Drinking rum and Coca-Cola? The flight to Cuba does not allow any alcoholic drinks - see www.aeroflot.ru/cms/en/flight/dining_onboard Also, many of the USA journalists do not have a Visa to enter Cuba, and will have to return on the very same 12h flight! I haven't laughed so much in a very very long time.

      Hilda MacArthur - 2013-06-25 06:56

      Same here,Chris, same here...

  • Bolawana Carol Masao - 2013-06-24 22:53

    The more I read this story the more it seems like I'm watching some movie...

  • Shirley Bisschoff - 2013-06-24 23:08

    So glad I'm not this guy. Mark my words someone in American intelligence is going to take him out. That's how those guys roll.

      Dmitri Dumas - 2013-06-25 07:24

      Shirley, they might, but I cannot see the CIA doing a black-ops on this guy. Remember that thee USA spied on other countries such as the UK, Germany, Israel as well as China. Each of these countries would like to get hold of Snowden, so although a US black-ops is a possibility, I think he might be well protected by some foreign intelligence service till he gets to "their" safe haven. After that, well ...

  • Giancarlo_Groenewald - 2013-06-24 23:22

    I think this guy knows some pretty awesome stuff. Maybe the Russians are getting all what they want out of before they let him hang dry or will we be plunged back into a cold war?

  • Mark Booysen - 2013-06-24 23:45

    The US probably has him already.!

  • James Blacksmith - 2013-06-24 23:45

    More and more countries are growing wary of the USA. Glad to be sitting at the Southern tip of Africa when it all goes pear shaped.

      Dmitri Dumas - 2013-06-25 07:25

      Agreed James, the US did try to spy on us, but found nothing worthwhile other than the names of Zuma's offspring and names of his wives. They are still laughing

  • Brian Heunis - 2013-06-24 23:45

    US trying to muscle China and Russia...those days are over!!!

      Sean Bagley - 2013-06-25 00:33

      It could all still be well orchestrated ploy by the US to see how well their diplomacy works on major countries.So far the US ain't doing to well at it,it seems.You would think that the US Government is a lot smarter than that to let a thing like this happen for no reason without there being a purpose for it.

  • Sidwell 'Feesh' Francis - 2013-06-25 00:00

    This is just like the Bourne Identity playing itself in real life,,,only that now,Jason Bourne (played by Edward Snowden),is having the sympathy of the entire world,except the usual power hungry and malicious enemy(USA).

  • Sean Bagley - 2013-06-25 00:22

    Why was Snowden able to travel without detection initially and to leave Hong Kong under the veil of cover too?Snowden needed a larger organization to pull off his escapes and that's where WikiLeaks and Assange comes into the frame. Snowden seems to be rapped up in letting people know that he was the ONE responsible for the classified leaks and so keeps the focus on himself having the info and who controls it.A real misdirection of the spy game which is the act of distracting and drawing someone's attention away from something or in other words misdirection. Can't wait for a Oliver Stone movie on all this or a real life documentary on conspiracy theories.What the banks did to the World Economy back in 2008 is still far worse than what Assange or Snowden ever did.

      Chris Maakal - 2013-06-25 01:20

      to request from the USA was faulty legal wise. HK took the right decision.

  • Danny Charles Mulopo - 2013-06-25 00:59

    CIA probably got him already

  • Sthembiso Mlangeni - 2013-06-25 01:22

    Goduka Snowden,my hero,showing a middle finger to the so called most powerful nation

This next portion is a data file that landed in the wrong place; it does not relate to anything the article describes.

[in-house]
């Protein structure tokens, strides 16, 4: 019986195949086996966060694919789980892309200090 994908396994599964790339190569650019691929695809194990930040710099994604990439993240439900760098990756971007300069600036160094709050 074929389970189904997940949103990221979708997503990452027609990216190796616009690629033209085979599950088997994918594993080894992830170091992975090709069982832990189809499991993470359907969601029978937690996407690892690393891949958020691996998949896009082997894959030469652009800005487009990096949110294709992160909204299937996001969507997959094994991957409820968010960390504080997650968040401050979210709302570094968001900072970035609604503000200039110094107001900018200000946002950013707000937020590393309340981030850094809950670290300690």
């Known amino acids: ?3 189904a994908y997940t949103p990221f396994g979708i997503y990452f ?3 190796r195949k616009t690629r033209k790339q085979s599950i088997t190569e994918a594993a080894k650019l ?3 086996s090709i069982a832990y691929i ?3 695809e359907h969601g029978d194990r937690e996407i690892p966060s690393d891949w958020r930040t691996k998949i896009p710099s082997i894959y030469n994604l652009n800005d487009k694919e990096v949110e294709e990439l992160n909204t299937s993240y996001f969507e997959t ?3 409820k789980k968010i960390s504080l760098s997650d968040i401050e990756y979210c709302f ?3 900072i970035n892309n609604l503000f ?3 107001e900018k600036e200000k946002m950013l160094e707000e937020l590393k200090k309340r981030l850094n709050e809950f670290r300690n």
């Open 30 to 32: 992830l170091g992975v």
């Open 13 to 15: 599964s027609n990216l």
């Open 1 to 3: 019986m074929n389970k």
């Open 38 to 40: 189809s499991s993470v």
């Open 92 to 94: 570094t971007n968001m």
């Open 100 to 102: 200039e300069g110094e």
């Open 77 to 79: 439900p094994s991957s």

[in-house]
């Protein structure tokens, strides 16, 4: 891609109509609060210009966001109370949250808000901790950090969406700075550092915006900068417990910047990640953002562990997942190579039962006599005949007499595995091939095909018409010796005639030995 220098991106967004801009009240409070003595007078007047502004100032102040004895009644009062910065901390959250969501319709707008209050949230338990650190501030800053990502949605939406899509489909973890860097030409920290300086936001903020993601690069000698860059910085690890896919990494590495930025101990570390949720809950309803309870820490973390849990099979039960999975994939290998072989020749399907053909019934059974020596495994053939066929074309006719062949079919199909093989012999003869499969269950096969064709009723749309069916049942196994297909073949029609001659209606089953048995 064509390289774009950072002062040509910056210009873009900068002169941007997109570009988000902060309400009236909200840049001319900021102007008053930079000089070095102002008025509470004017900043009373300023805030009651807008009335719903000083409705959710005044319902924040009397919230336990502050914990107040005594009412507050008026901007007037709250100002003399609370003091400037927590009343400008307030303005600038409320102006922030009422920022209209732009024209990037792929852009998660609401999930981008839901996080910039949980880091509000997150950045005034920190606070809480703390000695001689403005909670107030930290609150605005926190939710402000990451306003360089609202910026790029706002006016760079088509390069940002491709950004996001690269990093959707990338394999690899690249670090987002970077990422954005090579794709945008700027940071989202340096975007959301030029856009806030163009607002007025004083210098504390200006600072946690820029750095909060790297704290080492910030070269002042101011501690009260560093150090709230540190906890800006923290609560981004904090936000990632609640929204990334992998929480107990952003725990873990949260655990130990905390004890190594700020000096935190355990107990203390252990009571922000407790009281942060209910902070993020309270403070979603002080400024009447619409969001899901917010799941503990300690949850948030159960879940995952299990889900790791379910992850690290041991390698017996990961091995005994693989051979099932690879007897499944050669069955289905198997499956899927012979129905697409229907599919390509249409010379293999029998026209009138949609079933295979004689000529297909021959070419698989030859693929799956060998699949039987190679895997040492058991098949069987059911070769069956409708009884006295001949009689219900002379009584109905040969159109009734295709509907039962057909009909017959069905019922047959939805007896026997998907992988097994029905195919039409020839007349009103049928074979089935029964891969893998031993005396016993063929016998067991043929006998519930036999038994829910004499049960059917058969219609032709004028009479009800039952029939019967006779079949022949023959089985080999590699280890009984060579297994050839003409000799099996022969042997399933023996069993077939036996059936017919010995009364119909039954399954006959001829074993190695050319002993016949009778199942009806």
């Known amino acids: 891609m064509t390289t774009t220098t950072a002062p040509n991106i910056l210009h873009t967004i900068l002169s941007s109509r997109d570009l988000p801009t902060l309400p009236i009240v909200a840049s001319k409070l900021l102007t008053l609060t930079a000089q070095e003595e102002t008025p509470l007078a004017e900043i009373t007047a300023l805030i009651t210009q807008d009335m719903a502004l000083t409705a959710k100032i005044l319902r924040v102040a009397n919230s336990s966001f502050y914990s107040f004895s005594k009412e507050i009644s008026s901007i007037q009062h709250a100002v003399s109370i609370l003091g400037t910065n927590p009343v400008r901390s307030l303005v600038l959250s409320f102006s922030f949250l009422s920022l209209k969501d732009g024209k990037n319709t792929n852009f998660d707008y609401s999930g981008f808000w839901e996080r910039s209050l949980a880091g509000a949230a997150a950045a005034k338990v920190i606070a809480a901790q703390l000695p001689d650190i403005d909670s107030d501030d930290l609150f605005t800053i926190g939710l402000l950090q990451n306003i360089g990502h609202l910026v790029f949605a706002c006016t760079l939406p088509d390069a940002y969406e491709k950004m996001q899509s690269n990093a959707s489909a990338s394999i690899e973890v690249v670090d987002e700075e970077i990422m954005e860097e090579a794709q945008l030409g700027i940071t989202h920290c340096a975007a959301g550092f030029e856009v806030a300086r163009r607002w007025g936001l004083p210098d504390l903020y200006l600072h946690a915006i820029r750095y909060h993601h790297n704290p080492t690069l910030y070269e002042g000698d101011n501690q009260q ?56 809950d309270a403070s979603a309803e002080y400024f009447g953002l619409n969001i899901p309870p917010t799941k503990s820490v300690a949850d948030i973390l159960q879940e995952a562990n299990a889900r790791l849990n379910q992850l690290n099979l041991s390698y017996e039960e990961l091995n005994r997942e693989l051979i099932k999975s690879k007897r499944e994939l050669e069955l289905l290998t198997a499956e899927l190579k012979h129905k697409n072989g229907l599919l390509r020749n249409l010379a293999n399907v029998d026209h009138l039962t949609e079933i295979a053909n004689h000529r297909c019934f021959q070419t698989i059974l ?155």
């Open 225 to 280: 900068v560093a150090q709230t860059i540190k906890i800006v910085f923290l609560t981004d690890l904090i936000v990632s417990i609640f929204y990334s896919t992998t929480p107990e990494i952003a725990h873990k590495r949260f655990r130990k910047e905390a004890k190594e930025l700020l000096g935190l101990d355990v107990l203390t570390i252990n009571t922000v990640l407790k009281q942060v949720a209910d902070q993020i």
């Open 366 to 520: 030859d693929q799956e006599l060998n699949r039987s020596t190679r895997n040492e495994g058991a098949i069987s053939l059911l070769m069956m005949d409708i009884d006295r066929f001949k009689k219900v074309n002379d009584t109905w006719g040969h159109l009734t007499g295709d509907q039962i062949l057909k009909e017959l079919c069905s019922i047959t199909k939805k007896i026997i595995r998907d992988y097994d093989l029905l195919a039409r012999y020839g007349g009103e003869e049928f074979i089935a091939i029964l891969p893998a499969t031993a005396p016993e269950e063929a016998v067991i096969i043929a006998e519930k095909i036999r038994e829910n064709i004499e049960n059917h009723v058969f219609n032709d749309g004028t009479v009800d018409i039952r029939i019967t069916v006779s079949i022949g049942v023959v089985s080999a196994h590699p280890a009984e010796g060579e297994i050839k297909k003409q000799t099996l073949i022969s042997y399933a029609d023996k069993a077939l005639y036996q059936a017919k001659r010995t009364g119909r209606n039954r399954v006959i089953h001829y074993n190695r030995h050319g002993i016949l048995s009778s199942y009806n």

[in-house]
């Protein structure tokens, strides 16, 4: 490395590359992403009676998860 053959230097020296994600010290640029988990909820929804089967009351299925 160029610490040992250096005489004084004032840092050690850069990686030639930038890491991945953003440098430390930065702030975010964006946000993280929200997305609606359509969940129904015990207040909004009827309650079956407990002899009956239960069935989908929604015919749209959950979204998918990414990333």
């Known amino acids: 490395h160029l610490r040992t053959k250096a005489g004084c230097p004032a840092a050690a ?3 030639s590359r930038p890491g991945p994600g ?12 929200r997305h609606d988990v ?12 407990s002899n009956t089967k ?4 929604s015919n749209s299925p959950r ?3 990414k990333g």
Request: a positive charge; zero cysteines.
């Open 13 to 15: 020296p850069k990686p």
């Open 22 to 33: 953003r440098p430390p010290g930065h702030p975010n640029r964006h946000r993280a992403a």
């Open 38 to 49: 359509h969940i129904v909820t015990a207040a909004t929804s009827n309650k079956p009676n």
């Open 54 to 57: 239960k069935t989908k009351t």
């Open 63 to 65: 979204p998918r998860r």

• Reza Ryklief - 2013-06-25 02:12

    This is really bad, either way, Godspeed Snowden. You're a hero.

  • selwyn.milborrow - 2013-06-25 04:16

    Porobably? Bad spelling!

  • Eunice Chebichiy - 2013-06-25 05:11

    i like your TV news

  • German Mazokera - 2013-06-25 05:12

    Useful tool

  • Richard Gouws - 2013-06-25 06:04

    Yes......their u go Snowden! Klomp Vuilgatte dai blerrie Americans.

  • Greg Page - 2013-06-25 06:53

    im so sick of these bloody yanks!!! im glad Snowden has screwed them over!!! YOU GO BOY!!!! ha ha ha

      Alan North - 2013-06-25 08:43

      sick of Yanks but love our sound bites "you go boy"

  • Motima Matikiti - 2013-06-25 07:12

    Dont play wth Putin KGB

      Dmitri Dumas - 2013-06-25 07:27

      Agreed. Putin, ex Spes, obummer - dagga smoker. No contest.

  • Joshua Nkambule - 2013-06-25 07:45

    Matt Damon must be featured here.

  • Manfred Qhaddafi Meyer - 2013-06-25 08:03

    US government trying to bully the rest of the world into submission. The guy only did what he thought was the right thing to do. Kudos to the Russians, Chinese and Ecuadorian governments for standing their ground. Had this guy been here, the ANC would have tap-danced long ago. I feel sorry for him though, now he has to sleep with one eye open for the rest of his life.

  • Miguel Capelo - 2013-06-25 08:13

    If I am wrong, and I am useless judge of character, I will be the first to own up... but watching the guardian story on Snowden left me thinking this guy has no ulterior motive other than exposing the Draconian measures that intelligence agencies employ throughout the world. He does not dither, is not shifty, talks straight, answers all the questions the journalist asks him and is resigned to his fate for exposing the truth. I do not see a character that is bitter because, as some other commentators have put it, he has not been advanced in his career. On the contrary, he states he makes good money and operated from HAWAII... ($200 000 a year) If you follow the link, read the segment on the Swiss banker who was wined and dined (to excess) and then bust for drinking and driving, just to get a "lean" on him by the CIA. (Oldest trick in the book; they offered to get the charges expunged in exchange the banker becoming an asset). In my eyes, one of the most important people of this decade. If I am wrong, I will be the first to recant. http://www.guardian.co.uk/world/2013/jun/11/edward-snowden-nsa-whistleblower-profile

  • Stalin Rudolf - 2013-06-25 08:29

    these chinaman have balls showing the finger to the US. we need leaders like these who cannot be dictated to!